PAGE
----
US President Donald Trump speaks to the leaders of Sudan and Israel as he announces that Sudan will normalize relations with Israel at the White House in Washington, DC, on October 23, 2020. Photo by AFP
Ethiopia on Saturday summoned the US ambassador over what it called an "incitement of war" between Ethiopia and Egypt from President Donald Trump over their dispute about the filling and operation of a massive hydropower dam.
Trump called on Friday for an agreement between the countries, but added it was a dangerous situation and that Cairo could end up "blowing up that dam".
Ethiopian Foreign Affairs Minister Gedu Andargachew summoned U.S. Ambassador to Addis Ababa Mike Raynor to seek clarifications on the comments.
"The incitement of war between Ethiopia and Egypt from a sitting U.S. president neither reflects the longstanding partnership and strategic alliance between Ethiopia and the United States nor is acceptable in international law governing interstate relations," Gedu's ministry said in a statement.
Trump made the comments during a call with Sudanese Prime Minister Abdalla Hamdok following Sudan and Israel's announcement to normalise ties.
Ethiopia, Sudan and Egypt have been locked in a bitter dispute over the filling and operation of the Grand Ethiopian Renaissance Dam (GERD), which remains unresolved although the reservoir behind the dam began filling in July.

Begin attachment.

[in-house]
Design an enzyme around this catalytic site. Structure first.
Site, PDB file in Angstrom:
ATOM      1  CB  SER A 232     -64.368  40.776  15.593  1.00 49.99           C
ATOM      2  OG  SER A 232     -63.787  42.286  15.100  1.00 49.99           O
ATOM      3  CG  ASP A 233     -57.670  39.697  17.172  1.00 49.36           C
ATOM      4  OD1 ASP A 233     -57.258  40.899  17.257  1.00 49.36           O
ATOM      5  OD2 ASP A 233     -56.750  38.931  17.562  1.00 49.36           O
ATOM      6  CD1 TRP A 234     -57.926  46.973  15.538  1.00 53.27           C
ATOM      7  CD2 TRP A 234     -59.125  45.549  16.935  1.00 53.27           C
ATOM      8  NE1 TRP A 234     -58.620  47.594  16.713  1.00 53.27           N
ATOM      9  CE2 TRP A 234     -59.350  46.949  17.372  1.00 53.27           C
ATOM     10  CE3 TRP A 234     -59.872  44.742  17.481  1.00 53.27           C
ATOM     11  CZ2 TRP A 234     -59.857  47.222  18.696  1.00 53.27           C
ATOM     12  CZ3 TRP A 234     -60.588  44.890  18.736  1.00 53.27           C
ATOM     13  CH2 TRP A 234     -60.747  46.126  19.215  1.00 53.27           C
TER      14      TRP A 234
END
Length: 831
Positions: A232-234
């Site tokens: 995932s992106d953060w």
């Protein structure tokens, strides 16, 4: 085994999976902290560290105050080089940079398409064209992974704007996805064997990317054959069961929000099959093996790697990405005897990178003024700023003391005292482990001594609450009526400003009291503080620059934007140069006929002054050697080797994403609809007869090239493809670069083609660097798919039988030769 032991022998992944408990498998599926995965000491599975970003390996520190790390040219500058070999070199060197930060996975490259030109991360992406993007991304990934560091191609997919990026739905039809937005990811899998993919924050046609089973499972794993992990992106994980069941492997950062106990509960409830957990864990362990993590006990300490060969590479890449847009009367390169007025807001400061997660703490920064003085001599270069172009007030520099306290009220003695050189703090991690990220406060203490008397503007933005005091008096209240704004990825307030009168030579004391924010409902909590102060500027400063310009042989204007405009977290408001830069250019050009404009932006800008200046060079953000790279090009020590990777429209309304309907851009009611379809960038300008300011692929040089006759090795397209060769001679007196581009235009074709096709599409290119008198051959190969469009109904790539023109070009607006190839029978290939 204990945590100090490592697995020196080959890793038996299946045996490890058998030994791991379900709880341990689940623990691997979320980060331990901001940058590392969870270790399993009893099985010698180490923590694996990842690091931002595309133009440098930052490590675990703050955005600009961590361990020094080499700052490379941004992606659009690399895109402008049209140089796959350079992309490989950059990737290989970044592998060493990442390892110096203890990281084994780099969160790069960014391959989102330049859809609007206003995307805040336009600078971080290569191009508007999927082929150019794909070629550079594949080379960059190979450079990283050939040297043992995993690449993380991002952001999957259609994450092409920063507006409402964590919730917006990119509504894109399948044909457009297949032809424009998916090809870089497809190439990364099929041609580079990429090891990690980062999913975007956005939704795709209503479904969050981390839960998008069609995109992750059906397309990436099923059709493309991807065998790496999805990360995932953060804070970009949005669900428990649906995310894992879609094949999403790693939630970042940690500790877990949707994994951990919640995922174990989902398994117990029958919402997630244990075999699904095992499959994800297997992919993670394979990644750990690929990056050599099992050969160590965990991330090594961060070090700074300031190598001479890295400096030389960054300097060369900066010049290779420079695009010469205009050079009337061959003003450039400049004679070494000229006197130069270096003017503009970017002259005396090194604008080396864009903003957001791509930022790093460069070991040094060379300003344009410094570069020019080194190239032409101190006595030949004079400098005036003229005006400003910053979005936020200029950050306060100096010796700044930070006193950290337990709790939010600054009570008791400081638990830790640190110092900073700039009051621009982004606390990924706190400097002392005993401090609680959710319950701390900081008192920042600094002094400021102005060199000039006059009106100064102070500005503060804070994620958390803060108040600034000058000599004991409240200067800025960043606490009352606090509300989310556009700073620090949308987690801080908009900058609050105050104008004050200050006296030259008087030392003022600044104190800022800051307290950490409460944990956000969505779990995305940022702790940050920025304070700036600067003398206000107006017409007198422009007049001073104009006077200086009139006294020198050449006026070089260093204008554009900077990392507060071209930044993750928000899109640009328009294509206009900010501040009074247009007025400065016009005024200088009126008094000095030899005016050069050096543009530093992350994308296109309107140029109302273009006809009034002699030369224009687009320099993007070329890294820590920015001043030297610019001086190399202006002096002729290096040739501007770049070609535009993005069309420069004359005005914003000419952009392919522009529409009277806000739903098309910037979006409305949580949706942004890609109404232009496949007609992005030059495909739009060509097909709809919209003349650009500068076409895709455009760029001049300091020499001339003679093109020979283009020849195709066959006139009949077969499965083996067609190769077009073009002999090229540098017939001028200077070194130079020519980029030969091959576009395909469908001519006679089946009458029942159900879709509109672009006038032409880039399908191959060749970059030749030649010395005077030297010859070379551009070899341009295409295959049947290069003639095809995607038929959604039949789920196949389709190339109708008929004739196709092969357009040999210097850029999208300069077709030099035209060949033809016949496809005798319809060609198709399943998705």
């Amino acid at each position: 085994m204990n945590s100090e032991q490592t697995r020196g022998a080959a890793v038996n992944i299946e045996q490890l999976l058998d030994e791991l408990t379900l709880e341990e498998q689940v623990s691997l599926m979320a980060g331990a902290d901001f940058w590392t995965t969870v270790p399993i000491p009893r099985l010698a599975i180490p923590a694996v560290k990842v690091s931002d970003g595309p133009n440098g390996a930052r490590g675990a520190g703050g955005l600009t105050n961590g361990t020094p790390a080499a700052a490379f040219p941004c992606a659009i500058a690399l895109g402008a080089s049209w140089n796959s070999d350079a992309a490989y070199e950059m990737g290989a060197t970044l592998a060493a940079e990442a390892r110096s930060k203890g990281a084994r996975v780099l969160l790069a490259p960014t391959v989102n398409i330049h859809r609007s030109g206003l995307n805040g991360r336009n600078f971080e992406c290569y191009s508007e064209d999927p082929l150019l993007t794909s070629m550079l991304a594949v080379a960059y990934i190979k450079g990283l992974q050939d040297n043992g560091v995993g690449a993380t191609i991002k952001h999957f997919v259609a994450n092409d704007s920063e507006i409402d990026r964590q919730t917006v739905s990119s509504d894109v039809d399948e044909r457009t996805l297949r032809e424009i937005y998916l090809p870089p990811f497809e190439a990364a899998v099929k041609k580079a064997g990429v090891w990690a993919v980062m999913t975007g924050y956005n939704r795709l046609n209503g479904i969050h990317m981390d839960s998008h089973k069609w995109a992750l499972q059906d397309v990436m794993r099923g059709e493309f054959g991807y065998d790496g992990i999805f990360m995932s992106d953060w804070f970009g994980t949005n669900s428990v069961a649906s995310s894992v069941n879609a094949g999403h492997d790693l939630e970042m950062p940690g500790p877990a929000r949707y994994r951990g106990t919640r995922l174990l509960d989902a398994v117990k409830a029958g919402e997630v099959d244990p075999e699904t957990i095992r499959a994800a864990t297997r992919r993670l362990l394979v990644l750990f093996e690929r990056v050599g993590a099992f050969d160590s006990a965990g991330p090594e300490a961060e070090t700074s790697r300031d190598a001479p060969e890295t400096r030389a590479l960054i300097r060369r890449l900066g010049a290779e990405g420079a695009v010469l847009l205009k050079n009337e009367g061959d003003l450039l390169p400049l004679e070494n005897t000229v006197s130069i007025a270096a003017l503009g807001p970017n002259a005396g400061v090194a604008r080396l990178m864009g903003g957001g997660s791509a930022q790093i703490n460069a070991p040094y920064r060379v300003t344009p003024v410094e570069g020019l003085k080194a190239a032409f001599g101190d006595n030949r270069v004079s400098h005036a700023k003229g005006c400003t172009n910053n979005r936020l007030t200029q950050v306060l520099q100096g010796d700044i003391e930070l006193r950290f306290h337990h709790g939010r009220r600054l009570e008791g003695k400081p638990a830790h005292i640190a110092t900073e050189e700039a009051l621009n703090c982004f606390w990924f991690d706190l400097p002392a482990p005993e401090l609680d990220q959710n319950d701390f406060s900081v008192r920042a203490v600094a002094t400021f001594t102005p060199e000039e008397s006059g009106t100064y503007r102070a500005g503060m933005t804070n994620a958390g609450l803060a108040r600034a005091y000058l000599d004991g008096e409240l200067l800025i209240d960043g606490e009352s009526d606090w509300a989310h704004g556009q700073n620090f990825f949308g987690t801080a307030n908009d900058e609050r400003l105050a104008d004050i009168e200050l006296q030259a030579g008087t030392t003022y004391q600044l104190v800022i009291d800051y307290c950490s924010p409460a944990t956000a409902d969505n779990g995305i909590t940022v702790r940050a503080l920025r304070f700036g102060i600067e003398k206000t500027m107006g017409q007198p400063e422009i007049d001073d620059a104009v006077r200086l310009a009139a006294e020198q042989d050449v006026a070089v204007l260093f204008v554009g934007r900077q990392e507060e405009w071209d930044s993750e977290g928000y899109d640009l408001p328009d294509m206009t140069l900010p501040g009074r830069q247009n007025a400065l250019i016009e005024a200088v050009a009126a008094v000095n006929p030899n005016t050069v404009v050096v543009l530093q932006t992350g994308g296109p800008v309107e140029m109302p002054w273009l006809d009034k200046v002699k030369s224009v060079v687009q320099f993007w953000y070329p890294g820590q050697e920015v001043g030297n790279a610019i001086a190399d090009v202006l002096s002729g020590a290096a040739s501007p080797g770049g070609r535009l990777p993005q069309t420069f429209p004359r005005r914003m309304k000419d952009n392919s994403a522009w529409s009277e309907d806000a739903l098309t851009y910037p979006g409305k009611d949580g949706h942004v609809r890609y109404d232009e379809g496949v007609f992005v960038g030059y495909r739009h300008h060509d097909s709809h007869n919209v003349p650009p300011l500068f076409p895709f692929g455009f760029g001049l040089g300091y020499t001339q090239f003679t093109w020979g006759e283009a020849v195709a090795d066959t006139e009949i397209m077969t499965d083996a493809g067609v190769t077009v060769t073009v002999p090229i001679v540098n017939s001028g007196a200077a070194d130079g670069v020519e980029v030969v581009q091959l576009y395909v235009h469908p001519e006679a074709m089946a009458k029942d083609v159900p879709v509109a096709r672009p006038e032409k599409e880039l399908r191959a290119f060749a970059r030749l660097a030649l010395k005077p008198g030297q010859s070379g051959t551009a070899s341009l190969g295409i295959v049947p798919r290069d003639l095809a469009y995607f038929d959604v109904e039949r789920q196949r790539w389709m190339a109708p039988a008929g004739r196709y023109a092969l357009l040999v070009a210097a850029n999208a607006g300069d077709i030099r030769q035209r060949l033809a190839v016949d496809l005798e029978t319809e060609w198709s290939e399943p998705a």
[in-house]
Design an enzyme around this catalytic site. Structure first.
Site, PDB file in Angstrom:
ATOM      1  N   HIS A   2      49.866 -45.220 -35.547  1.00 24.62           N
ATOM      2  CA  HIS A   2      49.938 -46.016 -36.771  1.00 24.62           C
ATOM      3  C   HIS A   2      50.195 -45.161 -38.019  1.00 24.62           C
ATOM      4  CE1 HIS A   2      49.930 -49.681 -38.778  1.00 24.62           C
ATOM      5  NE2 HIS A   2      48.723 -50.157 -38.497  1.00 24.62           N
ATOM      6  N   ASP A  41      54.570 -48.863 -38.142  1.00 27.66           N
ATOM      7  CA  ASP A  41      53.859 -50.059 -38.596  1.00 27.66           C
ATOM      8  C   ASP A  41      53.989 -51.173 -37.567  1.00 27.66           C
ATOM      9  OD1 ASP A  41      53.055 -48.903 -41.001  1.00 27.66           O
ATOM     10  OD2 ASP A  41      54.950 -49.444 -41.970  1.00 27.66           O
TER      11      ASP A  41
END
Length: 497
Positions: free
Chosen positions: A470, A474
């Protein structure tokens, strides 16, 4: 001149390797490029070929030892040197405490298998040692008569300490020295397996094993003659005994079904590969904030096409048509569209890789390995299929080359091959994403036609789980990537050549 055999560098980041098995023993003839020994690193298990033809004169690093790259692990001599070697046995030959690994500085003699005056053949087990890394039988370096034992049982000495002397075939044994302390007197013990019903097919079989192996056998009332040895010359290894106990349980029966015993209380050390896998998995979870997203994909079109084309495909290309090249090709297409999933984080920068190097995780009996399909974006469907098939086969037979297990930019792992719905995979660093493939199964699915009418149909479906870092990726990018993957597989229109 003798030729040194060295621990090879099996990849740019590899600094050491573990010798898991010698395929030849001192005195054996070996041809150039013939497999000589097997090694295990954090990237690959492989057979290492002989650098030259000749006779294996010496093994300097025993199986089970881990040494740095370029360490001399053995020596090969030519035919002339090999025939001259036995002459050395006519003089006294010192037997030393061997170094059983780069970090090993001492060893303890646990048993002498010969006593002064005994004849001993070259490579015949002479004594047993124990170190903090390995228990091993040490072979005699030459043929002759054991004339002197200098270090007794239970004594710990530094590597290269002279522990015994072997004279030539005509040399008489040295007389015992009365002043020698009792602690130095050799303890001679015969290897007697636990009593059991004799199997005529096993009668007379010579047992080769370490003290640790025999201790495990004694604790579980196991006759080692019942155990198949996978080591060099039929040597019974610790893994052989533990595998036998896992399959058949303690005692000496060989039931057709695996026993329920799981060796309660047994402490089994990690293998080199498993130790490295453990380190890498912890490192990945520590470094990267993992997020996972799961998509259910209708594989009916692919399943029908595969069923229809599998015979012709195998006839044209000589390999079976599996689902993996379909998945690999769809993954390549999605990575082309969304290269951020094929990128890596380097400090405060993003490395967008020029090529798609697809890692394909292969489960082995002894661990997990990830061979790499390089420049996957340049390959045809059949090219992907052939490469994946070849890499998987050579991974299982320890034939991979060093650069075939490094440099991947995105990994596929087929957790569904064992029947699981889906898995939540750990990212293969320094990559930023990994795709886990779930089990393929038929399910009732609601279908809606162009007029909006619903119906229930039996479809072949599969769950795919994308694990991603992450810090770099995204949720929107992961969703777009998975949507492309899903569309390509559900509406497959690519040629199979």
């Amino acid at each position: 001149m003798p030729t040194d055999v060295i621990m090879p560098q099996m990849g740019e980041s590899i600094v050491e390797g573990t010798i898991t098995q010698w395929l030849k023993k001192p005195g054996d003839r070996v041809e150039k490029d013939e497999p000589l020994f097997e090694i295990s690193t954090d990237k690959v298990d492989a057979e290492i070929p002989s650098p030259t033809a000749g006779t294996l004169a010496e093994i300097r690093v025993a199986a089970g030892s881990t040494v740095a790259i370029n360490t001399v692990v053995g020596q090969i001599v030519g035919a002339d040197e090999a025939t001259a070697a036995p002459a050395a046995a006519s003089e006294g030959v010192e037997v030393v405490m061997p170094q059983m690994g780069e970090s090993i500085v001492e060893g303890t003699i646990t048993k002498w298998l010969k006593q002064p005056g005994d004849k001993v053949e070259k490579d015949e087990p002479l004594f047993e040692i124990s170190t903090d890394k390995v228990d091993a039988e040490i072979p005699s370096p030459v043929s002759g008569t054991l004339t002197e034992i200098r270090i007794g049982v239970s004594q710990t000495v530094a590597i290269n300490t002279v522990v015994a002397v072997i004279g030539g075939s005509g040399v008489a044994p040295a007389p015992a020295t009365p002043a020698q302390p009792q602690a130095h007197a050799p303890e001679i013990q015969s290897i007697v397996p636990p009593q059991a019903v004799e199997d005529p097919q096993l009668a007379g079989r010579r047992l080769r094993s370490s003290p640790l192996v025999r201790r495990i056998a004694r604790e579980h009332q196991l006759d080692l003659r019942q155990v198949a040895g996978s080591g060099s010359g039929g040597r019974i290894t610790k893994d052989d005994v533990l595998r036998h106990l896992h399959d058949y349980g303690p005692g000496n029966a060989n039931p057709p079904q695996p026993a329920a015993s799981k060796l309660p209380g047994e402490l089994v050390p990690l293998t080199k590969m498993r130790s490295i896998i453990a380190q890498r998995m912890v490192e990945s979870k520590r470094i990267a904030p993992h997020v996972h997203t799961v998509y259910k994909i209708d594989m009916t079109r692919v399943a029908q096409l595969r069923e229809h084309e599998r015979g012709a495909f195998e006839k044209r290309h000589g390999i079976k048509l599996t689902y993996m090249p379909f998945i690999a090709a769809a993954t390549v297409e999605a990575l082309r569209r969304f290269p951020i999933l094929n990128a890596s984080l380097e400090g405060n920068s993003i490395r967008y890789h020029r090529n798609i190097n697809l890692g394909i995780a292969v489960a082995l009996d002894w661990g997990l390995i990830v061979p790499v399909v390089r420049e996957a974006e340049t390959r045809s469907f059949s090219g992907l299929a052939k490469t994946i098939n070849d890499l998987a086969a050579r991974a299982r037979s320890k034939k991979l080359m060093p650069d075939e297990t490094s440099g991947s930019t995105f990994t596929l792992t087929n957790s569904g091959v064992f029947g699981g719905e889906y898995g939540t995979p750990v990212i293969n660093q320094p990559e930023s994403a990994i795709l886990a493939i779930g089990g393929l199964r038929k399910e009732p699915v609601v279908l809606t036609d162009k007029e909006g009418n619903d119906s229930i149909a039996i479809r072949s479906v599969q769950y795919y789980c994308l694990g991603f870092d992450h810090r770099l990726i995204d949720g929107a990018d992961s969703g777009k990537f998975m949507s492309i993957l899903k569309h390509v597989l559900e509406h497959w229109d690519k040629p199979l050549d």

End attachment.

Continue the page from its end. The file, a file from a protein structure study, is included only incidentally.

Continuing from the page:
Trump said on Friday he had brokered an agreement to resolve the issue but that Ethiopia had broken the pact, forcing him to cut funds, adding: "They will never see that money unless they adhere to the agreement ... You can't blame Egypt for being a little upset."
He said he had also urged Egypt to resolve the dispute.
Prime Minister Abiy Ahmed's office said earlier on Saturday: "Occasional statements of belligerent threats to have Ethiopia succumb to unfair terms still abound."
The first phase of filling the dam was completed in August, it said.
Egypt says it is dependent on the Nile for more than 90% of its scarce fresh water supplies, and fears the dam could have a devastating effect on its economy.
Abiy's office said there had been significant progress made in resolving the dispute since the African Union took over the negotiations.
"Now is the time for action and not for increasing tensions," European Union's European Union’s foreign policy chief Josep Borrell said before the Ethiopian ministry issued its statement.